When used with care electricity can be safe and improve lives. But it can cause death and injury if used improperly.
Here’s the How & Why
Electricity flows along paths called circuits. When you turn the light switch on, you are closing a circuit (that is, creating a path) from our electrical distribution system along power lines to your home’s wiring and then to your light bulb. When you turn off the light switch, you are opening that circuit, which then cuts off the electricity flow.
Some materials allow electricity to flow through and others block it. Materials that allow electric current to flow are called conductors. Aluminum, brass, copper, silver, gold, and water make good conductors of electricity. Materials that do not conduct electricity are insulators (also referred to as non-conductors). Glass, rubber, and plastic are good insulators. Appliance cords insulated with non-conductive materials such as plastic or rubber. High voltage lines and equipment are constructed high overhead using the air space as insulation and underground lines are insulated and out of public reach or protected by some other means.
It’s never safe to approach a power line that is on the ground.
This is often called a “downed” power line. Our protection system is designed to de-energize a line when its falls to the ground, but sometimes conditions affect our system’s ability to know that a line has fallen and is on the ground. Approaching downed power lines can be fatal, never attempt to move a downed line regardless of the circumstance.
You don’t have to touch a power line to be electrocuted. Electricity is always searching for a path to ground. If you make contact with a tree or other object in contact with the line, you can become that path.
Power Lines on a Vehicle
Anyone who touches a vehicle while standing on the ground can be electrocuted. Those inside the vehicle should remain inside and wait for help to arrive. If bystanders arrive, they must be told to stay clear and call 911 for help. If it becomes necessary to leave the vehicle, keep both feet together and jump clear of the car, avoiding any wires that might be on the ground. Stay calm and jump carefully so that you don’t fall back against the car or touch the ground and the vehicle at the same time. Shuffle with both feet together until you are clear of the area, keeping both feet on the ground at all times. Never drive over a downed power line, stay away and help keep others away from the general area of the downed power line.
Tips for Staying Safe
At Home, for Contractors and the Public:
- Call Lewis County PUD to resolve safety related questions or concerns about our power system.
- Never bring ladders, antennas, irrigation pipe, long-handled tools or other items within 10 feet of an overhead power line.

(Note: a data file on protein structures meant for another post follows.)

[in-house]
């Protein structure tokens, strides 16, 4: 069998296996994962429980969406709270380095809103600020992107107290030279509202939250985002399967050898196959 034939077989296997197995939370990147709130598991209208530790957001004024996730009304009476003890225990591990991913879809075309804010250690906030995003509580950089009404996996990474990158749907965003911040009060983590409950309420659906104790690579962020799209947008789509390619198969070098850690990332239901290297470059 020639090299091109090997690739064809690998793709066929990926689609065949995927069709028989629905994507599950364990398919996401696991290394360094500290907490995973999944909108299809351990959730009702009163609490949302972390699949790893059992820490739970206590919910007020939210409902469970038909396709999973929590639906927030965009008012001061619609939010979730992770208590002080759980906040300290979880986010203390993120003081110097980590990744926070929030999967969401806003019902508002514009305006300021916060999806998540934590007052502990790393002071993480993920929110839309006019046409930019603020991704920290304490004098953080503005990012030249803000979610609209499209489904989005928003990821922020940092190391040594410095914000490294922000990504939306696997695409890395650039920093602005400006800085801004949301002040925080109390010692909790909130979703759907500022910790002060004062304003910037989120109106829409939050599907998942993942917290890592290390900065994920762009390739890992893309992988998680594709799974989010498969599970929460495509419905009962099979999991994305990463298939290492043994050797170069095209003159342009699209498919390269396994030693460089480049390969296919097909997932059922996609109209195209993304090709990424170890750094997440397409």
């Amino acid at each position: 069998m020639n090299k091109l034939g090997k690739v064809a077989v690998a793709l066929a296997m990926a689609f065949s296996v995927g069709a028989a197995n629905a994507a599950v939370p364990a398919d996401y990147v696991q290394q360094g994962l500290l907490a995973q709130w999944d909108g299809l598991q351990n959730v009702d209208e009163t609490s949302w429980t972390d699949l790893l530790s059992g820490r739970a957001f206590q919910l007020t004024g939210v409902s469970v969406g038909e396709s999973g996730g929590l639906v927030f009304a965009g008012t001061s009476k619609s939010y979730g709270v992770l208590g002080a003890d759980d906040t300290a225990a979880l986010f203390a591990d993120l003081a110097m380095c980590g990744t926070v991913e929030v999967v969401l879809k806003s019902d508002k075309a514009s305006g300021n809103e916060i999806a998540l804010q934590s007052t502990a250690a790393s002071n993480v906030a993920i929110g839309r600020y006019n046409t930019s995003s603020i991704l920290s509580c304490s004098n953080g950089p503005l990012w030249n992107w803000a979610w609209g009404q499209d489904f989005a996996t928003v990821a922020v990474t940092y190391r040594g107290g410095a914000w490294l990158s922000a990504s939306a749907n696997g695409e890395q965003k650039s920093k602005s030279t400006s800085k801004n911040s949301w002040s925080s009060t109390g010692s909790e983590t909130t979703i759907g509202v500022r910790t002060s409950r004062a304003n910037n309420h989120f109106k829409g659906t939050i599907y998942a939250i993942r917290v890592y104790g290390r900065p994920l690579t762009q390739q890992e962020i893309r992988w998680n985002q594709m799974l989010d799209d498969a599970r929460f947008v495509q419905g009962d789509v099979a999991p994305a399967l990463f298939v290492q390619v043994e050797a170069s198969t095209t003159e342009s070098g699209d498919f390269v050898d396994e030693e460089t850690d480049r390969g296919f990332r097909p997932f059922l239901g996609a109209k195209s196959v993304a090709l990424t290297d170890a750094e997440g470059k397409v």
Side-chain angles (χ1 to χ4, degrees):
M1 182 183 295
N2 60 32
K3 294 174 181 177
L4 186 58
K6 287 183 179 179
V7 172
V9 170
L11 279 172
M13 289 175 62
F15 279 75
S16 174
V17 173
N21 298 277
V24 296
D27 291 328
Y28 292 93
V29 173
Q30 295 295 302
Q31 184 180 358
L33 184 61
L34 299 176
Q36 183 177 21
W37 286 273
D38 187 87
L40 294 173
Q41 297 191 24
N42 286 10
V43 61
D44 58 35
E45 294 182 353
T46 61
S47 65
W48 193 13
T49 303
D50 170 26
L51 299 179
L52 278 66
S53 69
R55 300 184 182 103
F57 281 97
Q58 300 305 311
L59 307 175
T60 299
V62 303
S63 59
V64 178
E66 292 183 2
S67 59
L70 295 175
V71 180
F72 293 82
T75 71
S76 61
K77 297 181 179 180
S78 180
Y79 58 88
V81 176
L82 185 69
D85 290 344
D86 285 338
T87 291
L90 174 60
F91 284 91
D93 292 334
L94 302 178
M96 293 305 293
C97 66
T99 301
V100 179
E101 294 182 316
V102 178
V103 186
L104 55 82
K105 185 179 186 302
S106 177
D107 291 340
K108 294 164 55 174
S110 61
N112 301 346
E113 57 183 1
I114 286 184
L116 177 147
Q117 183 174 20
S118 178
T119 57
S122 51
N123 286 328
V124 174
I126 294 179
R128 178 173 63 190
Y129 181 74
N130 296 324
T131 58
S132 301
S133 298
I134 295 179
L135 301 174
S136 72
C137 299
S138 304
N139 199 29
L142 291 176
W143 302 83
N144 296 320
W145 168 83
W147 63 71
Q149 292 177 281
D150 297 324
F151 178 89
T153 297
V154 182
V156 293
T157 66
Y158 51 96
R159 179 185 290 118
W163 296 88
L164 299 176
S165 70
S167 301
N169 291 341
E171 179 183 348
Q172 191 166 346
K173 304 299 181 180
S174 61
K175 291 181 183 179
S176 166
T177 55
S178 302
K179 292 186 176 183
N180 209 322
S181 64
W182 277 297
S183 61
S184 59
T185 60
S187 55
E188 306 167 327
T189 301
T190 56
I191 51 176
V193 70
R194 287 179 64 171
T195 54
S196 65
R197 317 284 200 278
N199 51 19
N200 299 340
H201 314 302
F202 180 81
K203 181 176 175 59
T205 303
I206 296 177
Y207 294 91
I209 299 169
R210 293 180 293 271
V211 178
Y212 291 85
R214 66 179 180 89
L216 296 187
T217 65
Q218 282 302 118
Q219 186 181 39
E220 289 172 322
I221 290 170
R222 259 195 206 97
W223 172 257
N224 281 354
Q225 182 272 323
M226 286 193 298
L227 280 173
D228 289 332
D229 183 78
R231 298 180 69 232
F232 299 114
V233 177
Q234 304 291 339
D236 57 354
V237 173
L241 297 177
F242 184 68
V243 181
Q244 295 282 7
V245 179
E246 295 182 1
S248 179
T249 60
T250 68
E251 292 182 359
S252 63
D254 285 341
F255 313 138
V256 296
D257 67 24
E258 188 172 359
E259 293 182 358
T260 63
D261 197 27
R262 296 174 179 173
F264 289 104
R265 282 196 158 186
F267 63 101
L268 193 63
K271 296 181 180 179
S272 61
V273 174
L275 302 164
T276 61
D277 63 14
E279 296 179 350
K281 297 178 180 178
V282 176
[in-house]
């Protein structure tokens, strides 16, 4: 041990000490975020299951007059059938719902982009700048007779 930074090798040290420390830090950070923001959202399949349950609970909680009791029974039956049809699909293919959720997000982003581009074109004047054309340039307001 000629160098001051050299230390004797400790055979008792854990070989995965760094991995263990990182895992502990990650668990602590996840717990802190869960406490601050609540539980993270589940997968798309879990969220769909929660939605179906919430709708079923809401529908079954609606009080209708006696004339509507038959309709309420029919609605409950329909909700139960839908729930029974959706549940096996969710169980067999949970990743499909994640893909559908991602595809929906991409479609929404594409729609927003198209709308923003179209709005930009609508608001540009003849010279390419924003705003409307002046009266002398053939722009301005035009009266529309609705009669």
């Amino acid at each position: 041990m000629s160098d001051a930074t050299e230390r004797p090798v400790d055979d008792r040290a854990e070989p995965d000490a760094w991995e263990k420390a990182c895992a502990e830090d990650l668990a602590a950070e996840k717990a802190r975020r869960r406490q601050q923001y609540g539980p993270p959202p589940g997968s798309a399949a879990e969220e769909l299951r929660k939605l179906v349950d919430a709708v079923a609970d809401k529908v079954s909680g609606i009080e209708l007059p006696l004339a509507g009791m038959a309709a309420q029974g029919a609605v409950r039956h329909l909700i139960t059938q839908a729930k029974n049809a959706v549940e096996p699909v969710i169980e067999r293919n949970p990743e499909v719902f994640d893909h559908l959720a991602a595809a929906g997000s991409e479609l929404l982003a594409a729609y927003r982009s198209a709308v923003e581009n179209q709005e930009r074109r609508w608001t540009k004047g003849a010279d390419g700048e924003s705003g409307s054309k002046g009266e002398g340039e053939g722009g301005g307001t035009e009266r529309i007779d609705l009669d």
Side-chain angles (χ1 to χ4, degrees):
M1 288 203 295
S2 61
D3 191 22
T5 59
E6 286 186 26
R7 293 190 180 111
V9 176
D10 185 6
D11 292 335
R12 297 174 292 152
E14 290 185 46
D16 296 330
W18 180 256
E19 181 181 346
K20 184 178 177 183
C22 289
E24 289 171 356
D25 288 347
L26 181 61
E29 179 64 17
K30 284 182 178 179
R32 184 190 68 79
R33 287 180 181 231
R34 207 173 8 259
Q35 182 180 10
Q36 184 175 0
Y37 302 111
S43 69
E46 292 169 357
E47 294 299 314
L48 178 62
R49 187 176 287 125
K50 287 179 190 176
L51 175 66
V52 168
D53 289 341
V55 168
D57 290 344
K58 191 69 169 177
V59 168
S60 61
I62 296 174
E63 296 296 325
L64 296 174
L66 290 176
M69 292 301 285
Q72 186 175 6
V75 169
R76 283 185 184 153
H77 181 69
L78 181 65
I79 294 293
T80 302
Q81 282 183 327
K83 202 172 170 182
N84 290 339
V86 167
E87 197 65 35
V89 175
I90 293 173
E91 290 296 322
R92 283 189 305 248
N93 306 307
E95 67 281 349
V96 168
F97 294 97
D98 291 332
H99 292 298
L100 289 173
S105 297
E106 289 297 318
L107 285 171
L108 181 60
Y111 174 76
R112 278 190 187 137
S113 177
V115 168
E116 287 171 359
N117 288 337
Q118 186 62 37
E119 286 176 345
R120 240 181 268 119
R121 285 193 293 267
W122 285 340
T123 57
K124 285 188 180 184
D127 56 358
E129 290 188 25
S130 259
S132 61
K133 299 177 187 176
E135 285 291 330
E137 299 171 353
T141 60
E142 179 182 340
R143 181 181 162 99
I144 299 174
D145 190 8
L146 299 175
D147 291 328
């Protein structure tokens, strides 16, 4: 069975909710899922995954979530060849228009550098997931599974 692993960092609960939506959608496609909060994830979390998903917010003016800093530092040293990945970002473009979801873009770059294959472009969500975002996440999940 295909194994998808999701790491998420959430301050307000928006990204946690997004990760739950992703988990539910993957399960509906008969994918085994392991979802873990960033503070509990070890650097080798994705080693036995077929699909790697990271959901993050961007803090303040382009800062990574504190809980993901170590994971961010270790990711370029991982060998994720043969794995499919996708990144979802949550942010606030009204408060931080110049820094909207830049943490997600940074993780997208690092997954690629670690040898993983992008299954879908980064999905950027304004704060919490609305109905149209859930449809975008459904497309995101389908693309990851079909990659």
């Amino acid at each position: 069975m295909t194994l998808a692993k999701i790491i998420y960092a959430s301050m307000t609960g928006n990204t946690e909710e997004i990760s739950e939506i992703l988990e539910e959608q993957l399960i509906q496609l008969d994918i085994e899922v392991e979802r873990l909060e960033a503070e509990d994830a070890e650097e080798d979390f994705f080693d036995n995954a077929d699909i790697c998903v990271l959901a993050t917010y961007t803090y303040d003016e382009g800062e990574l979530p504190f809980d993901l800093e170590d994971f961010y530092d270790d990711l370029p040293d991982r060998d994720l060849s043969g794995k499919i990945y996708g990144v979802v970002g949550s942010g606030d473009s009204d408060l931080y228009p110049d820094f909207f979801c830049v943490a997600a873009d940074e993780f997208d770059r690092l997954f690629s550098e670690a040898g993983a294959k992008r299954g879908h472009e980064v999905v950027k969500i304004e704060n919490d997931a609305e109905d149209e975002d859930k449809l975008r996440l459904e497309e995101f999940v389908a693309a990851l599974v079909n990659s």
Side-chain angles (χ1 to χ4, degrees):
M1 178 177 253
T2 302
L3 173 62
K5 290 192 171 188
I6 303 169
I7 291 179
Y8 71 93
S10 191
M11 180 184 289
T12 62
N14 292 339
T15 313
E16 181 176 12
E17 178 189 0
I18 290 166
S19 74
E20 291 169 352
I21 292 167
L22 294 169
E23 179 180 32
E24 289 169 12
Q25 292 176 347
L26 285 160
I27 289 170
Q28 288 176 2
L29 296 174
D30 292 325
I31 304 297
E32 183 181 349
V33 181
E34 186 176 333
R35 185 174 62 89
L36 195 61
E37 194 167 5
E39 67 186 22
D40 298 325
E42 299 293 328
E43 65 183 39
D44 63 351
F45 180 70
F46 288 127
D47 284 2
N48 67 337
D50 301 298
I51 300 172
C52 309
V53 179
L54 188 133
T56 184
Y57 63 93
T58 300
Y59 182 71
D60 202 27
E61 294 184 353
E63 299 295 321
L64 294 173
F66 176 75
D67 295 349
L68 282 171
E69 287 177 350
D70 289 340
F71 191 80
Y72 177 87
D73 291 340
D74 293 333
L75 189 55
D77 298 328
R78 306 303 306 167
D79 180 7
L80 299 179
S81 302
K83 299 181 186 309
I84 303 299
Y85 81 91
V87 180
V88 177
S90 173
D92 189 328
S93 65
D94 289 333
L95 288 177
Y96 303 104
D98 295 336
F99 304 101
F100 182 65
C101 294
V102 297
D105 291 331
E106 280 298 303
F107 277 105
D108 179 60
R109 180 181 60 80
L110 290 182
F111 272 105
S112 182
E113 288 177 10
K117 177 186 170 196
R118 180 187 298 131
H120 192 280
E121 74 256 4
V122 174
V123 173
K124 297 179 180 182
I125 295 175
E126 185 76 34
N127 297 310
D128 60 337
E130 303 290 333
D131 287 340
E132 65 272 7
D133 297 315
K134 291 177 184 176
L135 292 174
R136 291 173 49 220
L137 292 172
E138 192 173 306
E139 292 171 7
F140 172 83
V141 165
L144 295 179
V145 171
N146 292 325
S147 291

- When climbing, pruning, trimming or felling trees. Stay at least 10 feet away from power lines. No attempt to remove a tree or branch in contact with a District line should be made by anyone other than a qualified PUD Employee.
- Never attempt to rescue someone who has contacted a downed power line or object in contact with a line. Call 911 for help.
- Never assume it is safe to move or even approach a downed power line under any circumstance.
- Under normal conditions pad mount transformer cabinet installations are safe, but the public is urged to keep off and not tamper with them. Don’t ever try to open the transformer cabinet or reach inside if it is open. Utility cabinets should not be buried in landscape material or surrounded by shrubbery.
- Do not enter electrical substations. Do not go into a substation to retrieve balls, kites or any other objects that go over the fence.
- When working around underground installations, it all comes down to four words: “Call before you dig.” If digging trenches, fence posts or other work that requires digging, remember to “call 811 before you dig.” Washington: (800) 424-5555 or www.callbeforeyoudig.org. Locate requests should be made two days before you start excavating or digging. Underground utility locates are generally performed at no charge.
- Never overload outlets by plugging in too many appliances.
- Ensure electrical outlets and panels have the required protective plates and covers.
- Water and electricity are a deadly combination. Never use an electric appliance in or around your bathtub, shower or any other wet surface.
- Cover your outlets with plastic safety caps if you have small children.